Understanding the creation of new nerve cells in adult brains while engaging more Maine college students in biomedical research is the focus of a $1 million, five-year National Science Foundation CAREER Award to Kristy Townsend, a University of Maine assistant professor of neurobiology.
The research focuses on adult neural plasticity and neurogenesis that is key to energy balance regulation. UMaine seniors will collaborate with Townsend to conduct original biomedical research for capstone projects. And in an outreach program and summer fellowship with community colleges and other underrepresented groups in Maine, additional students will be engaged in the research to increase their access to biomedical careers.
“Biotechnology and biopharma are two growing industries in Maine,” says Townsend, a UMaine alumna. “We need to be part of the pipeline that keeps this industry growing in Maine, encouraging students to stay here or come back here for their careers, which will also serve to enhance our own research here at UMaine.”
In early 2017, Townsend created a weeklong biomedical course for students from Southern Maine Community College. The course, which was offered again in January 2018, led to the initiation of the outreach program with community college and other underrepresented students in Maine, with the goal of increasing biomedical training and supporting community college students to transition to UMaine.
The new program will allow students statewide who normally would not easily gain access to biomedical research fellowships to apply to take part in a summer fellowship in Townsend’s lab. It also will allow UMaine graduate and undergraduate students to lead research seminars at the Maine community college schools and mentor peers transitioning to the university.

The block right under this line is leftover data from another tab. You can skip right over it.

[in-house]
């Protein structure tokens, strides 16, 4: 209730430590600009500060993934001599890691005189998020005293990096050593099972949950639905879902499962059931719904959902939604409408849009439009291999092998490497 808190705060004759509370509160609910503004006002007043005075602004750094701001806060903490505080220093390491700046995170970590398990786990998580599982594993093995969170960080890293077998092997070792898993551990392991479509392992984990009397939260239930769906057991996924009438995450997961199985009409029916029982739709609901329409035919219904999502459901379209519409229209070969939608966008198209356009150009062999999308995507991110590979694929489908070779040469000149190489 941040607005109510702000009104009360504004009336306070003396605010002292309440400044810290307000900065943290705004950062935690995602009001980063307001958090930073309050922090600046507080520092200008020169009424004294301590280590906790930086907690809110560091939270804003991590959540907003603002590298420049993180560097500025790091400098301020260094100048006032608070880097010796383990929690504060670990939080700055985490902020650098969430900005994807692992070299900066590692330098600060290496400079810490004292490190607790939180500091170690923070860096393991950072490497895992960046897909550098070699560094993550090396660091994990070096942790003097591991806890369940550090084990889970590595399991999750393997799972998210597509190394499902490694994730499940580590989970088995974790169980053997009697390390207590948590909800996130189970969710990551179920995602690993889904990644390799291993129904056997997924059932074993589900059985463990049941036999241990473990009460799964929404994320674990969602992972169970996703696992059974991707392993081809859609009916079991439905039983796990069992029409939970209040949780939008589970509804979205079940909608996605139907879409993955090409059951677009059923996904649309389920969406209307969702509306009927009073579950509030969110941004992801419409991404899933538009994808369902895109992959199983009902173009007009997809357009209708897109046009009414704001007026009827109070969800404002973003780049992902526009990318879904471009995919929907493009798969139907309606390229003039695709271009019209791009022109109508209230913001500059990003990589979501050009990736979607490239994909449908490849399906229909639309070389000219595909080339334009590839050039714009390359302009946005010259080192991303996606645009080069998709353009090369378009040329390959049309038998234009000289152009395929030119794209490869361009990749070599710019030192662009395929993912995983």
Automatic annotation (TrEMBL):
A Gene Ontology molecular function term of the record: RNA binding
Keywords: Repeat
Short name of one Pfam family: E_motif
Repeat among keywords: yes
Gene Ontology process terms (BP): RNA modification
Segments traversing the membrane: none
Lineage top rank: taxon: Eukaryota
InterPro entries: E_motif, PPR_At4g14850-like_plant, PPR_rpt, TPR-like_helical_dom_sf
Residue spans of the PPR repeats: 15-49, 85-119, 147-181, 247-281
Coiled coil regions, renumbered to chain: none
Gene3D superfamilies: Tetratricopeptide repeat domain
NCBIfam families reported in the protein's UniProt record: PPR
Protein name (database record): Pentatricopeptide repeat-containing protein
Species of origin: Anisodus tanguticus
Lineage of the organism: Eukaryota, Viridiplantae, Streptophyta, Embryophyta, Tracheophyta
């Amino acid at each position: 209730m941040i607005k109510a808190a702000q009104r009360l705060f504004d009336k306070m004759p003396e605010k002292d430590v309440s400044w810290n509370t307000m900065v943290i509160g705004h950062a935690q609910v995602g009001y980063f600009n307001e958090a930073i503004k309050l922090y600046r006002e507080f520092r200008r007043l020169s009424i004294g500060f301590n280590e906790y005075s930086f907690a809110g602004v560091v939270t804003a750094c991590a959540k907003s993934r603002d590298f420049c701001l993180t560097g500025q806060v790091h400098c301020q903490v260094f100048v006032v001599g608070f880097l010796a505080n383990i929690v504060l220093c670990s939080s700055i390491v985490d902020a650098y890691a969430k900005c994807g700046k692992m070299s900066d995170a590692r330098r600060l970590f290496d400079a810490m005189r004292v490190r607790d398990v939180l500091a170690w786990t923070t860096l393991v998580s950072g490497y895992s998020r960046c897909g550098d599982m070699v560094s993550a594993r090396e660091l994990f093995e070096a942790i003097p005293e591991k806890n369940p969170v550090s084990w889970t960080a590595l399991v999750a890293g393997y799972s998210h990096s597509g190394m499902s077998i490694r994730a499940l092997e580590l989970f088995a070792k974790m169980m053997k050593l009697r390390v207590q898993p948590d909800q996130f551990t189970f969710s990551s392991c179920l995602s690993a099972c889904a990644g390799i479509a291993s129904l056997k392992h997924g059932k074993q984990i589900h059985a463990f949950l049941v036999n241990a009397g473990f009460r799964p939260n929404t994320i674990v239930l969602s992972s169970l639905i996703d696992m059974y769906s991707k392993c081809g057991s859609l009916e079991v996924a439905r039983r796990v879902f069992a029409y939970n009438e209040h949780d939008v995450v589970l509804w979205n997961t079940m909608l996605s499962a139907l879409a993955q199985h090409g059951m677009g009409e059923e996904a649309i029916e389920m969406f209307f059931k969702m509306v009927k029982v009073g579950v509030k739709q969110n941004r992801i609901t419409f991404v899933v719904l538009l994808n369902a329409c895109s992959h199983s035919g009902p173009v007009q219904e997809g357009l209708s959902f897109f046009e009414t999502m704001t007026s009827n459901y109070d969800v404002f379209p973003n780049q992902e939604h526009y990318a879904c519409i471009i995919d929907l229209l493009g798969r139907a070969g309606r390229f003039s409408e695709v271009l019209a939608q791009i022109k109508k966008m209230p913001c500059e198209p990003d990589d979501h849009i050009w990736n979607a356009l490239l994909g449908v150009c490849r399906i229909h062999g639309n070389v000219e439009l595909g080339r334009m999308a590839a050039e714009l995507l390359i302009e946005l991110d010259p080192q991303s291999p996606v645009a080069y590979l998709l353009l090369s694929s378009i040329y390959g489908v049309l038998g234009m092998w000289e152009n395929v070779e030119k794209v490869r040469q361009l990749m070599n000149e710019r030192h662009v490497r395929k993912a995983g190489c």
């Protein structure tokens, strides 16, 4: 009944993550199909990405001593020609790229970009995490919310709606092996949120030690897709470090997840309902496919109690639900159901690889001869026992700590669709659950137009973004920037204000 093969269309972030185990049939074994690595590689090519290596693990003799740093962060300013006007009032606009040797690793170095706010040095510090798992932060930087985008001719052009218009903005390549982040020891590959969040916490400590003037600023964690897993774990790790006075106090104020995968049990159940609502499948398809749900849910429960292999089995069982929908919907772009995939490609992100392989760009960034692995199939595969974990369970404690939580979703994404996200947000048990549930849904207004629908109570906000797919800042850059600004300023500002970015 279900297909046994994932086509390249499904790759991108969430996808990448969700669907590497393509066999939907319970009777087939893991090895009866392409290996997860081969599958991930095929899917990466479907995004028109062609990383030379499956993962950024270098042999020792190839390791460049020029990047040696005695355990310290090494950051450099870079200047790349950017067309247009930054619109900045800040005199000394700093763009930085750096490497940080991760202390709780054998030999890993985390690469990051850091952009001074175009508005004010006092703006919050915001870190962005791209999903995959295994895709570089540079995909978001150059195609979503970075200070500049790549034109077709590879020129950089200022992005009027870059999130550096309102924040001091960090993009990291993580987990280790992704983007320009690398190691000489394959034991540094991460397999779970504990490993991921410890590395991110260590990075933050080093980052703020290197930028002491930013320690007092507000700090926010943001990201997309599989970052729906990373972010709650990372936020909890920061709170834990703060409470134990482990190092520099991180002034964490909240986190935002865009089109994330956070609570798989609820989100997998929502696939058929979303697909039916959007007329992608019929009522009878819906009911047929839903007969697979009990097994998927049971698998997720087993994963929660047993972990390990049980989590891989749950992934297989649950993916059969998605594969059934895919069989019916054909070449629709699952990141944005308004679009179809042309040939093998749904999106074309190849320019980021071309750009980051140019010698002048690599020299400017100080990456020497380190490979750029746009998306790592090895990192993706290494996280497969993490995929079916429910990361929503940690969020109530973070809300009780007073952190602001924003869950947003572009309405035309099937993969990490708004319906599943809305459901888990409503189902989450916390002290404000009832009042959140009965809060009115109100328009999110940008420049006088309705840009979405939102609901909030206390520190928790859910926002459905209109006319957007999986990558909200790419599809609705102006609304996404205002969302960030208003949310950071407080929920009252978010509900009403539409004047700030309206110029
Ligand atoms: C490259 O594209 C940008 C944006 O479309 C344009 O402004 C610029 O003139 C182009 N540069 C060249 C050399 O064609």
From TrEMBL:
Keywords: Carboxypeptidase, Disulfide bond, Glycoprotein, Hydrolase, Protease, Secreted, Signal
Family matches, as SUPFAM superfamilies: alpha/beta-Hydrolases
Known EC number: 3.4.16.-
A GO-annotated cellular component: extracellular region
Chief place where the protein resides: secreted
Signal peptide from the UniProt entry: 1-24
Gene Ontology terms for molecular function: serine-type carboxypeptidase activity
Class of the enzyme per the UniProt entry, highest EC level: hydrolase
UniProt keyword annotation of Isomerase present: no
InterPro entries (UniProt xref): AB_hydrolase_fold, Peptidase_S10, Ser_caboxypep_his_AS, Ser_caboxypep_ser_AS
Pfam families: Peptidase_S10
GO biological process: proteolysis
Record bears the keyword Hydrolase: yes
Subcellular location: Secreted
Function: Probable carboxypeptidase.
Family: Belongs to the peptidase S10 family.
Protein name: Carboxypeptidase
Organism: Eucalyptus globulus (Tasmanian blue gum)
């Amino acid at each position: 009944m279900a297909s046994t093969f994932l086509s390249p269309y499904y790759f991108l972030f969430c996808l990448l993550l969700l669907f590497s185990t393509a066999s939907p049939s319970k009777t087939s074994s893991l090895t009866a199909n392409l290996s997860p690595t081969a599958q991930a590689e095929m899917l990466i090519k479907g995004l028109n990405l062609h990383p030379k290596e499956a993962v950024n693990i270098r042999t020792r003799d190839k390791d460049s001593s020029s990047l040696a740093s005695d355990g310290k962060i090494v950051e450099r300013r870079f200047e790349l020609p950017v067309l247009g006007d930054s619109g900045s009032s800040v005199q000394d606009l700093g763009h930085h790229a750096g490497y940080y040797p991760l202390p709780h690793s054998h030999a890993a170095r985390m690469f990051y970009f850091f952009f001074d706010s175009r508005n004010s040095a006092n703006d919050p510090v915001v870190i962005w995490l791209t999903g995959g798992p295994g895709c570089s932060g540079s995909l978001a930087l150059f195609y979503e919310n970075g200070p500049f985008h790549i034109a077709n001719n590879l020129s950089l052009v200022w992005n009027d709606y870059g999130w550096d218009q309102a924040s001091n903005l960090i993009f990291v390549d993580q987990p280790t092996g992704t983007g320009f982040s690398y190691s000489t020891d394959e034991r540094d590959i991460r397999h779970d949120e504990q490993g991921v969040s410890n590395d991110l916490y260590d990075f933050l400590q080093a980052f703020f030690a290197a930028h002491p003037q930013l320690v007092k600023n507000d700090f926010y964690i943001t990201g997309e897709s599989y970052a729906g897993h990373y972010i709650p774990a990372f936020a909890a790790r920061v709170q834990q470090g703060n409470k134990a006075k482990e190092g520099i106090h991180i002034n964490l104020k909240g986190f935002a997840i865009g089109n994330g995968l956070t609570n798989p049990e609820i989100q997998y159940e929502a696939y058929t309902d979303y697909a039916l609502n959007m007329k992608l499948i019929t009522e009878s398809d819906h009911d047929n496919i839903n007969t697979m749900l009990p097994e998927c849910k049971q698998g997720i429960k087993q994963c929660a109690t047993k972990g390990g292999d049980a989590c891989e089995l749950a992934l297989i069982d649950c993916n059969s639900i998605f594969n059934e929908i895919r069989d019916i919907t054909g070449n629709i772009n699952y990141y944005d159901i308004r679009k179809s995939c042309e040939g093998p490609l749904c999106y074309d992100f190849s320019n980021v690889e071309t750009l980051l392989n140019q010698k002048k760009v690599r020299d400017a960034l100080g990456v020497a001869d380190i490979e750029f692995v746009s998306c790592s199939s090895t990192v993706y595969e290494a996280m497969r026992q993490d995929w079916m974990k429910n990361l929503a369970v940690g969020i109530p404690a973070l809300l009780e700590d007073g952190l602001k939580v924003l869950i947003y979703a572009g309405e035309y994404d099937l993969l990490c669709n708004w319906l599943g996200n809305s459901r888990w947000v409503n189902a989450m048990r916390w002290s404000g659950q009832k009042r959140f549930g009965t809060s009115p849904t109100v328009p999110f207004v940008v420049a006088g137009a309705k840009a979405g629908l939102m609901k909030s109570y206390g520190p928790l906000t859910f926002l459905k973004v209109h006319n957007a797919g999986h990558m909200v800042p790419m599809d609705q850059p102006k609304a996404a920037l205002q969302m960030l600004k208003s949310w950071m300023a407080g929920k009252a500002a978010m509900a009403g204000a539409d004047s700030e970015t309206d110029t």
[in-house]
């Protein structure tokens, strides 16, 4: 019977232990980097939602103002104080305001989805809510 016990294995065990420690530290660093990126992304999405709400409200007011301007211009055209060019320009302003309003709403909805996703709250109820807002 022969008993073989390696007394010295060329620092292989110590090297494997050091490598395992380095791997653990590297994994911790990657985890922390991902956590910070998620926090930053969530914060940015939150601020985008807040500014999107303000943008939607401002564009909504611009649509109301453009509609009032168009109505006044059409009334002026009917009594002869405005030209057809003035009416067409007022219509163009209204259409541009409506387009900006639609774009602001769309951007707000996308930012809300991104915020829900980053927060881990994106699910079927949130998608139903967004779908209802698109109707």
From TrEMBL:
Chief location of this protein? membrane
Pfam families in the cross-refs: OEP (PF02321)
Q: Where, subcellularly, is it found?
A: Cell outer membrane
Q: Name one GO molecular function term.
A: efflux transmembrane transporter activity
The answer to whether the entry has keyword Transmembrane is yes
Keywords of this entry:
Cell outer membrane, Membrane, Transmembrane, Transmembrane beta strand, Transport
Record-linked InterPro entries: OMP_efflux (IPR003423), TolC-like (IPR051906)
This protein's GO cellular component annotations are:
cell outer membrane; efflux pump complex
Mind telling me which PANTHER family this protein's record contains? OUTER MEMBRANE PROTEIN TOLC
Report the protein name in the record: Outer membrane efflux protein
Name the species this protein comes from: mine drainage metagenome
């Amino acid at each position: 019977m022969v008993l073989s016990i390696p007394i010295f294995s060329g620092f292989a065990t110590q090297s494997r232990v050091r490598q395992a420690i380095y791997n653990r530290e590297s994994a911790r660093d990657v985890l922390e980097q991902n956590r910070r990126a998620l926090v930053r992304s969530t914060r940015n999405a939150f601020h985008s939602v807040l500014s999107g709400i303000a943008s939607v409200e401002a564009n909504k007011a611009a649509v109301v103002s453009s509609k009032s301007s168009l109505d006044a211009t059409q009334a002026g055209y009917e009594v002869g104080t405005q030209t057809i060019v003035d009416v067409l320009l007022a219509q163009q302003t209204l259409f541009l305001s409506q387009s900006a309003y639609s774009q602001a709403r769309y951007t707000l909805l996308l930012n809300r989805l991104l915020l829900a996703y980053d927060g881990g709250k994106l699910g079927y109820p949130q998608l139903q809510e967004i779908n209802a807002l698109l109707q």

Earlier this year, Townsend also received two other national research awards. The National Institutes of Health awarded nearly $713,000 for a two-year study investigating brain-adipose communication and how peripheral nerves in fat tissue function. Townsend is interested in how the brain talks to fat tissue, because nerves are important for proper control of metabolic processes, as chemical and surgical denervation experiments in fat, or adipose tissue, have demonstrated. In addition, the American Heart Association awarded $750,000 for a three-year study looking at the aging of fat tissue and its effects on cardiovascular and metabolic conditions. Townsend, an expert on brain-adipose communication, energy balance regulation and cardiometabolic disease, is collaborating in the research with David Harrison, an expert on mechanisms of aging and a senior faculty member at The Jackson Laboratory in Bar Harbor, Maine.